Staal: “We just got to get crispier in some areas. Our ability to make teams have to dump it and not set up with possession carrying it in is huge. If you can continually have teams go back and forth going up and down the ice trying to break in, that’s a big thing. I thought we were really, really good at that the first 10, 11 games using a lot of bodies and rolling over shifts and not letting teams set up. Once teams set up, guys can make plays. That’s how it is. If you can limit them opportunities to set up, for the most part you’re going to find success.”

Devan Dubnyk: “We need to get back to the way we were killing before. It’s not any magic recipe that we need to change. I just think we have to sharpen up a little bit, some small areas, as simple as getting the 200-foot clears down the ice. That was one thing we were really, really good at the first 11 games was getting pucks down the ice and getting clears and momentum.”

Erik Haula: “It’s just some little things. It wasn’t black and white as it was at the beginning of the year. I got to watch it a lot up top there for seven games [when I was hurt]. During that time, it looked really spot-on, guys working together, and now it’s a little bit of kind of guessing, should I, should I not.”

The big thing is clears, he said. “You have a chance to clear it, it’s got to go 200,” Haula said. “Otherwise it’s always one out of three at least that end up in the back of the net. You always get that feeling watching from the bench when you don’t get a clear and it stays in the zone.”

Maybe the Flames can be the PK’s tonic.

They have the worst special teams in the NHL. Besides being 28th on the PK, they’re 30th on the power play.

Talk Friday. I'll be on XM at 2:30 p.m. CT (I believe), KFAN at 5:15 p.m. and Fox Sports North Plus during the game and before the game.

No off day in Calgary for Wild after loss in Vancouver

Judging from my Twitter mentions last night, many Wild fans wanted Bruce Boudreau to skate the team into oblivion today in Calgary.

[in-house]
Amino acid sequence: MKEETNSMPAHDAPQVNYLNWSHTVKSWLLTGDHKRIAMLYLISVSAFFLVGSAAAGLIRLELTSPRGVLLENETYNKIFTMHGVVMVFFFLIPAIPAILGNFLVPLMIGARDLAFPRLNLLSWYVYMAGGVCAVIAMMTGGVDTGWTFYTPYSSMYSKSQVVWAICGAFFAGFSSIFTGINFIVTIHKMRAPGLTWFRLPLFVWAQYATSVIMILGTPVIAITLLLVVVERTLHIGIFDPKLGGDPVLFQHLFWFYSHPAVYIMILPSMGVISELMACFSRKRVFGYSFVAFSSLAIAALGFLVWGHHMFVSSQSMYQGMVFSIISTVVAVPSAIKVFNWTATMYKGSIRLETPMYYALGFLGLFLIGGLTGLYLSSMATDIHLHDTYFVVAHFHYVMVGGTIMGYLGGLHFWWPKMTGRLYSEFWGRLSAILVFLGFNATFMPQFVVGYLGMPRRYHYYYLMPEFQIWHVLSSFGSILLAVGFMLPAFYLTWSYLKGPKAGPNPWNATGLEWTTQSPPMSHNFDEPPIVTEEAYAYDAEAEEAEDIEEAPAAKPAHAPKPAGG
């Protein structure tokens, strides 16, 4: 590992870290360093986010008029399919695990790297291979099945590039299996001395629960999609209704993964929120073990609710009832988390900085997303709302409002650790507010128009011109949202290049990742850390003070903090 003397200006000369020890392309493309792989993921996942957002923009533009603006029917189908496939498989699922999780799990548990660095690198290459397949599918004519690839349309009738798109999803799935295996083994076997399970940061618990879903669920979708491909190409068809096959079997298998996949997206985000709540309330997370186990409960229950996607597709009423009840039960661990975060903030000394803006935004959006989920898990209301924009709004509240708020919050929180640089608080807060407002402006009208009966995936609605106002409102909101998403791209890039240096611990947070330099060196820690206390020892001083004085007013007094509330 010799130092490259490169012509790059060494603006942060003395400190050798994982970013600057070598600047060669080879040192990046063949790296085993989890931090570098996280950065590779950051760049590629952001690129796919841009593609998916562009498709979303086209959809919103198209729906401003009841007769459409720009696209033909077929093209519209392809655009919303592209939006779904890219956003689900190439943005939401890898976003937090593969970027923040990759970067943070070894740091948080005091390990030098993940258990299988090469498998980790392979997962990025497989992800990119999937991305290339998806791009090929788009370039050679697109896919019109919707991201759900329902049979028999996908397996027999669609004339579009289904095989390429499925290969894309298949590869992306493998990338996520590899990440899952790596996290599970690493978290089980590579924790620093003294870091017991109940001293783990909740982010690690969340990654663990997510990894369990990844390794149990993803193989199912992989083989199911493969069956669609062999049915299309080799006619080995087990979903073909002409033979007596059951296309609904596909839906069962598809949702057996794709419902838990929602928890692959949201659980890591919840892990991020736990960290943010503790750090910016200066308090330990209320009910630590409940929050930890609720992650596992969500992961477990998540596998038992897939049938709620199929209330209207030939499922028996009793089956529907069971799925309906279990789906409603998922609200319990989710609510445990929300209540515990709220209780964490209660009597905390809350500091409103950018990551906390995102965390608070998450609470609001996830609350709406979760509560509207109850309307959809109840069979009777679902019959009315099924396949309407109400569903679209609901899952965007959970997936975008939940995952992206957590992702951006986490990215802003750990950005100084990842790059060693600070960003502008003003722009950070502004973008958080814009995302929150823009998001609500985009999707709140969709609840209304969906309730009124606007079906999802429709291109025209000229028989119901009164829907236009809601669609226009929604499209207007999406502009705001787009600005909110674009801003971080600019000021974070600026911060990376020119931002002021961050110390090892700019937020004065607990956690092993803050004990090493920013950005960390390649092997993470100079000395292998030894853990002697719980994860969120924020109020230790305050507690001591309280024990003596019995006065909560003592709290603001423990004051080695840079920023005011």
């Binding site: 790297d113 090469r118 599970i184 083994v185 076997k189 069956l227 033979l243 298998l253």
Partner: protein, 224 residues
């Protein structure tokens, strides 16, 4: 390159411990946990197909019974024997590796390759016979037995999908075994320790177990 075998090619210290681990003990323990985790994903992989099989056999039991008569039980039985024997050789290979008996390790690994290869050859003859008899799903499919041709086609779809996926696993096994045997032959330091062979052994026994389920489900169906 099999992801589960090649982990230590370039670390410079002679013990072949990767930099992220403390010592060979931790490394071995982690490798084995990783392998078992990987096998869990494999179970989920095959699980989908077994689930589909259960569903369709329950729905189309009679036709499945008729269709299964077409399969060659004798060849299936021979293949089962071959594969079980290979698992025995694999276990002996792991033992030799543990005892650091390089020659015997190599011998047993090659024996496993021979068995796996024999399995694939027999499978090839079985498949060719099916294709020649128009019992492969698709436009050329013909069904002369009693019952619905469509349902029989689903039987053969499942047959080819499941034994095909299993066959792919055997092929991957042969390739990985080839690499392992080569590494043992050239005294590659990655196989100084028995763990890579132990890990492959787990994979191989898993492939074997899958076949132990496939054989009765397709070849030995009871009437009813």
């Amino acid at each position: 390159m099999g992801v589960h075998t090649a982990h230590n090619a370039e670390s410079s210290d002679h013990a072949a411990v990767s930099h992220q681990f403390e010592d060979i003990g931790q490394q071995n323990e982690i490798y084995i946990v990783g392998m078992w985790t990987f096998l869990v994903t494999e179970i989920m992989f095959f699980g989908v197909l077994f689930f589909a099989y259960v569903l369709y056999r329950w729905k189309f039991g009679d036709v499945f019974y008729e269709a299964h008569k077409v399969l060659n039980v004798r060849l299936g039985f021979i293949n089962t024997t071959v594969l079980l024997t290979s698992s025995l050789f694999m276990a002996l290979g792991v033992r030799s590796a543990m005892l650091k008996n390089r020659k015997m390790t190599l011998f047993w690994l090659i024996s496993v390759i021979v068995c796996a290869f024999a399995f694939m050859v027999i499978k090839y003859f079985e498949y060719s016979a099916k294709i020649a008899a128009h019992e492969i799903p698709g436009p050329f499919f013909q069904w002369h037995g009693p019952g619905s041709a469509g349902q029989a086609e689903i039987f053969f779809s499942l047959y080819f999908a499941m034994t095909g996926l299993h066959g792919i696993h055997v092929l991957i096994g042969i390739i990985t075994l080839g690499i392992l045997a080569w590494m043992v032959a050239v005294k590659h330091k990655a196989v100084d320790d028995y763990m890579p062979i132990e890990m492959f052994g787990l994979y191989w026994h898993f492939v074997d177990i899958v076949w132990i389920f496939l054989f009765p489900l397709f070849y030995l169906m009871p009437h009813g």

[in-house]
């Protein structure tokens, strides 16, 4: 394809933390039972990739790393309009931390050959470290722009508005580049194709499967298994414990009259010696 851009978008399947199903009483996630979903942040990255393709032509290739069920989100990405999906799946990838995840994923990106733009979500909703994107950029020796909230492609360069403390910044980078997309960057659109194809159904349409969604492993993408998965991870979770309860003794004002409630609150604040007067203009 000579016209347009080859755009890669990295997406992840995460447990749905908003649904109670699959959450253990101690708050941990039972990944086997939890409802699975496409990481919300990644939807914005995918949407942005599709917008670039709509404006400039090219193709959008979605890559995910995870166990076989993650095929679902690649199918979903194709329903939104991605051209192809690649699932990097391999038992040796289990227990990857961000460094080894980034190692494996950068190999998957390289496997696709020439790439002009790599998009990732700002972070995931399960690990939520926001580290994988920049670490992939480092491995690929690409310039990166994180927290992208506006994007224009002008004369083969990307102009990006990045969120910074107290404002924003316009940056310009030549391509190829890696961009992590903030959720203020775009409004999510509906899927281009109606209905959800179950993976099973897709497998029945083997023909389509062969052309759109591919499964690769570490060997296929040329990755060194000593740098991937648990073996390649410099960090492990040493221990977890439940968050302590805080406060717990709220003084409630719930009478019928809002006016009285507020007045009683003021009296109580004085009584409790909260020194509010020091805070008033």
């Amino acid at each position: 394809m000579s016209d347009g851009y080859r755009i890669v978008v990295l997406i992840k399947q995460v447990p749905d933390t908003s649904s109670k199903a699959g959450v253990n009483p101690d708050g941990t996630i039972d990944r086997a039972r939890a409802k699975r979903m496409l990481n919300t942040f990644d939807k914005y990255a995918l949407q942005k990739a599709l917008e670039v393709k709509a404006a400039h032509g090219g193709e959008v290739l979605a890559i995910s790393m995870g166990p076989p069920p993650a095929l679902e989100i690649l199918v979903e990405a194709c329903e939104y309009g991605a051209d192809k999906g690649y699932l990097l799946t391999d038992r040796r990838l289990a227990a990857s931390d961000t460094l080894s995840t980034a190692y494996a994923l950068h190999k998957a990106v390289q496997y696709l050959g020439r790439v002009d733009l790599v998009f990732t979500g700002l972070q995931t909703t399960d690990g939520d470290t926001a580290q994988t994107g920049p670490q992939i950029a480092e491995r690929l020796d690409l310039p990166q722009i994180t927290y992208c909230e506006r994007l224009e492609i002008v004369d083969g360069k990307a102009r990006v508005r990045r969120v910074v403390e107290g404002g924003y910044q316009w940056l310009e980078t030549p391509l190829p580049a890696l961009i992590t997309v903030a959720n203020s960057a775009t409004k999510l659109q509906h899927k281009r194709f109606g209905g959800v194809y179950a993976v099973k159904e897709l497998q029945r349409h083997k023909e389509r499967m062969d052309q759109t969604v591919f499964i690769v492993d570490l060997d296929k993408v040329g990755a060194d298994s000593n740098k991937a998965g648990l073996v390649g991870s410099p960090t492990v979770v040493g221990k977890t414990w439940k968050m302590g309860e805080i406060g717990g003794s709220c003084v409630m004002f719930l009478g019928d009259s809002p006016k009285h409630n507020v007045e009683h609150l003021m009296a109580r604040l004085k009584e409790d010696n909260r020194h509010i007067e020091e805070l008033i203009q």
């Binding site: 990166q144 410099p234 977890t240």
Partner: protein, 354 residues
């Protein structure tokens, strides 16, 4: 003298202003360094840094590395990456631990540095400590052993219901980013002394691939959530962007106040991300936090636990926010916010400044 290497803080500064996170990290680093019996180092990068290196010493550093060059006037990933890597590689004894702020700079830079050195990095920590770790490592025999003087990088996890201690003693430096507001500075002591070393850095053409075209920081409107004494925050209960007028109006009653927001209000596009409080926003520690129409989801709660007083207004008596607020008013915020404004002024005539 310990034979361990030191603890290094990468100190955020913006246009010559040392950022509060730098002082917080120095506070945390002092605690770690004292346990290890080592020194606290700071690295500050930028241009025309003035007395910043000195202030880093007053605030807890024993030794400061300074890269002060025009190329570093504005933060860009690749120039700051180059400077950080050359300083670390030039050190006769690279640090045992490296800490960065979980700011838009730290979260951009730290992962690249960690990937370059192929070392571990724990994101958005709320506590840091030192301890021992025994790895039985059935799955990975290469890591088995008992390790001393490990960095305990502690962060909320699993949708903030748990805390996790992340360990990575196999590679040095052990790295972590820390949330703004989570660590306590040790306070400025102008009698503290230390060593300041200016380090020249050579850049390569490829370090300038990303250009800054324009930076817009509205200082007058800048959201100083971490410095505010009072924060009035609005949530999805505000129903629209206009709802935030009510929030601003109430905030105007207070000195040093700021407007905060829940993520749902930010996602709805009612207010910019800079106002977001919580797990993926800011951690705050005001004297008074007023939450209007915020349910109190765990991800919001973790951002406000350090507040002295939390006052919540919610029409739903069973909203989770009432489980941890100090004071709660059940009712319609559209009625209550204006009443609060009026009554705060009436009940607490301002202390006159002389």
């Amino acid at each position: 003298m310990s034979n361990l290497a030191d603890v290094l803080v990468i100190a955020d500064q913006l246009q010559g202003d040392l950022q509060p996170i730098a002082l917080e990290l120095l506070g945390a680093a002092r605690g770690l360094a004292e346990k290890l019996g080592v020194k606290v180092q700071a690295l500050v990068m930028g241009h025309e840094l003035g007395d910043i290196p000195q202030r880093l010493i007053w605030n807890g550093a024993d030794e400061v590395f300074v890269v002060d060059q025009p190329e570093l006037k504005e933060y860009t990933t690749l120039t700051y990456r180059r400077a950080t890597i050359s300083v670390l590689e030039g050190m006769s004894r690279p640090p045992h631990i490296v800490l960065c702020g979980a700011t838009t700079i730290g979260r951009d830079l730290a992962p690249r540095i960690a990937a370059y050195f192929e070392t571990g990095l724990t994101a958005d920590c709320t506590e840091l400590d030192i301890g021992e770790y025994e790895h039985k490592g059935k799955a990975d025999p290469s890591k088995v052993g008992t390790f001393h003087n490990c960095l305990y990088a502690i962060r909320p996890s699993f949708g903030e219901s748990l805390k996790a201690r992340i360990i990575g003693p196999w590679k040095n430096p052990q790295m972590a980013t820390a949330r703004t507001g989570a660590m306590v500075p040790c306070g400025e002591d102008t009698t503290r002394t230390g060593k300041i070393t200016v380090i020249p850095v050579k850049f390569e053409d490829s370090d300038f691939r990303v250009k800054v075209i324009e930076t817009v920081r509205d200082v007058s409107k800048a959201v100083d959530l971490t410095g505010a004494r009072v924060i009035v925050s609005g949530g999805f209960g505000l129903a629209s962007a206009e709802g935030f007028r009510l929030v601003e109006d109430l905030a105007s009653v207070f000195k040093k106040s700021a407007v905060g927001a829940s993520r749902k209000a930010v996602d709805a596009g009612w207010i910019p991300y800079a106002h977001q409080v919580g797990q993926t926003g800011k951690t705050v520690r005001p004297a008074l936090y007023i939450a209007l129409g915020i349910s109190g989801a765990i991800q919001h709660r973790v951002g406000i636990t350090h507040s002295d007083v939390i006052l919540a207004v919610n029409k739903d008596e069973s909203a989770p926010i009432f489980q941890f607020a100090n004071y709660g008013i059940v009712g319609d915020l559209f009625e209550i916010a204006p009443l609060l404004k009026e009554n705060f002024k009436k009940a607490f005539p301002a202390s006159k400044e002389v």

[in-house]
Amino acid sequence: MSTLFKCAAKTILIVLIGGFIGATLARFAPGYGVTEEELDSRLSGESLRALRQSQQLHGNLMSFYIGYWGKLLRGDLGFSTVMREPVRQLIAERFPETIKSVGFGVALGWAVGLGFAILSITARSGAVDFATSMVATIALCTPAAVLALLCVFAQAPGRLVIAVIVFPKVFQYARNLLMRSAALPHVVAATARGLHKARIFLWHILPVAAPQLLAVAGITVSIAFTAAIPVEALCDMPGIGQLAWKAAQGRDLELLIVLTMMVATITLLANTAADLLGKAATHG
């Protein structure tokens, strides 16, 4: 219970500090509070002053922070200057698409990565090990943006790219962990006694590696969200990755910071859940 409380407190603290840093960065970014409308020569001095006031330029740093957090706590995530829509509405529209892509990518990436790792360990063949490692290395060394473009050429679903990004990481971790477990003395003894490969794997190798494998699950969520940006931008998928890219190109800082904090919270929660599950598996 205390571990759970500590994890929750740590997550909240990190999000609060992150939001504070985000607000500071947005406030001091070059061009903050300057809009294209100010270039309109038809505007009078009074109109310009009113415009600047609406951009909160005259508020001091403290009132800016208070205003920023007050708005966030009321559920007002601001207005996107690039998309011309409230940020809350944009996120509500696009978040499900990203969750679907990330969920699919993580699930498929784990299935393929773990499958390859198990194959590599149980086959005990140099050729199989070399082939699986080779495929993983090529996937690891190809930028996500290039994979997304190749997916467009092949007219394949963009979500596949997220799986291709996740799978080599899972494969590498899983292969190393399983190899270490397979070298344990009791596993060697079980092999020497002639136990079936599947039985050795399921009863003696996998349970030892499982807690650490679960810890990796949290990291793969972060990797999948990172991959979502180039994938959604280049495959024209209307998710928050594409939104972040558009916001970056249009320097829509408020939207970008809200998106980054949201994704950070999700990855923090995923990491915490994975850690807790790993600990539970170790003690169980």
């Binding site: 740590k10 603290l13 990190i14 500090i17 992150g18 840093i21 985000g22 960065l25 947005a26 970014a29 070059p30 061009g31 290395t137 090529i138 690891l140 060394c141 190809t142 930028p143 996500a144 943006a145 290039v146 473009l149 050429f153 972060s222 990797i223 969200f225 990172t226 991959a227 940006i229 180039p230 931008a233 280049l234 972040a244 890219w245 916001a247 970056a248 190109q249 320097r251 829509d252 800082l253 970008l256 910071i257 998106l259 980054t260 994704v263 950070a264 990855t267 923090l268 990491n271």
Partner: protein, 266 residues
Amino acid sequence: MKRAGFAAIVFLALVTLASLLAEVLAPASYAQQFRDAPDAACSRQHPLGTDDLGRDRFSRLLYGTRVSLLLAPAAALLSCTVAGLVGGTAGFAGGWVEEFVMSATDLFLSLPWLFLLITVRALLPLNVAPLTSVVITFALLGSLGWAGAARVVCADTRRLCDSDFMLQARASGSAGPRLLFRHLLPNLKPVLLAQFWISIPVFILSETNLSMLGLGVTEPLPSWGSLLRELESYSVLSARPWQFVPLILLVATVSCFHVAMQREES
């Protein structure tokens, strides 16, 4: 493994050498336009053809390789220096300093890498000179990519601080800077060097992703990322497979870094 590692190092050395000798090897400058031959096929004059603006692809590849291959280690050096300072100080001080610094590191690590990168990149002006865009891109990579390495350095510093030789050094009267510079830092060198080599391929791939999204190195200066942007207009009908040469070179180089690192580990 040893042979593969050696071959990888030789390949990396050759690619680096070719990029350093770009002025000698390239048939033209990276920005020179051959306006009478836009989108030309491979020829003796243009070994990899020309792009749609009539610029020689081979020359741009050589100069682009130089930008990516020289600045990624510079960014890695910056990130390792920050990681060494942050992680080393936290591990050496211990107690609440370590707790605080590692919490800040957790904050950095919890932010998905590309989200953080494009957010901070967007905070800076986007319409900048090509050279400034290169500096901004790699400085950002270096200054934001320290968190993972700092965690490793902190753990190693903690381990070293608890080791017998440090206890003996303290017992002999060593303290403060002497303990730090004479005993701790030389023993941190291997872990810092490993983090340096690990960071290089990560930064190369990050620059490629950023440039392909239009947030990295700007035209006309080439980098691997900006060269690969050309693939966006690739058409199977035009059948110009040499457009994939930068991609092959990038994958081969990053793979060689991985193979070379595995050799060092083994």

If you’re one of those fans, you would have been sorely disappointed by today’s anticlimactic yet long practice at the Corral.

Instead of punishing his players, the Wild coach decided to actually work – and work a lot – on the areas of the game that have been problems lately.

He said he would have scrapped practice today as a reward if the Wild had won in Vancouver. Instead, the Wild blew a lead for the third time in six games to lose, so he decided to get something out of today’s first of two straight practices before Friday’s game at Calgary.

It’s funny, and Boudreau has brought this up three times in the last week, including after last night’s game. He and I got into a slight disagreement on camera in the postgame in Dallas because I felt there were too many odd-man rushes and some bad habits were creeping into the Wild’s game that night.

He didn't see it that. We talked about it the next day, he kind of swayed more toward my opinion and now he’s completely on board. Odd-man rushes were the focal point of today’s 70-plus minute practice.

“As you talked about in Dallas, which I should have seen it coming, I didn’t think of it too badly in Dallas, but our odd-man rushes, it’s ridiculous how many we’ve [given up] recently,” Boudreau said after practice. “It slides and slides and slides, and then it slides into a problem, and then you have to fix it. And you can fix it through practice.”

In practice, the team worked on tracking back, picking up the right man, communicating and not losing the third guy high in the offensive zone in the first place.

The bigtime guilty party last night when it came to giving up odd-man rushes and backchecking all night was the Zach Parise-Eric Staal-Charlie Coyle line.

The trio starred in today’s video session and a couple of the players, including Parise, got talked to by Boudreau.

“We didn’t have a very good first and second period,” Parise said. “We didn’t support each other very much up the ice, turned the puck over a lot in the offensive zone. Just felt like we were backchecking for two periods. Just one of those games. We couldn’t get much going. That’s OK. It happens.

“But I think we’ve got to learn from it too. There were times where we just gave up the puck away. I think the first five times I had the puck, I gave it away. Tough to feel good about your game when that happens.”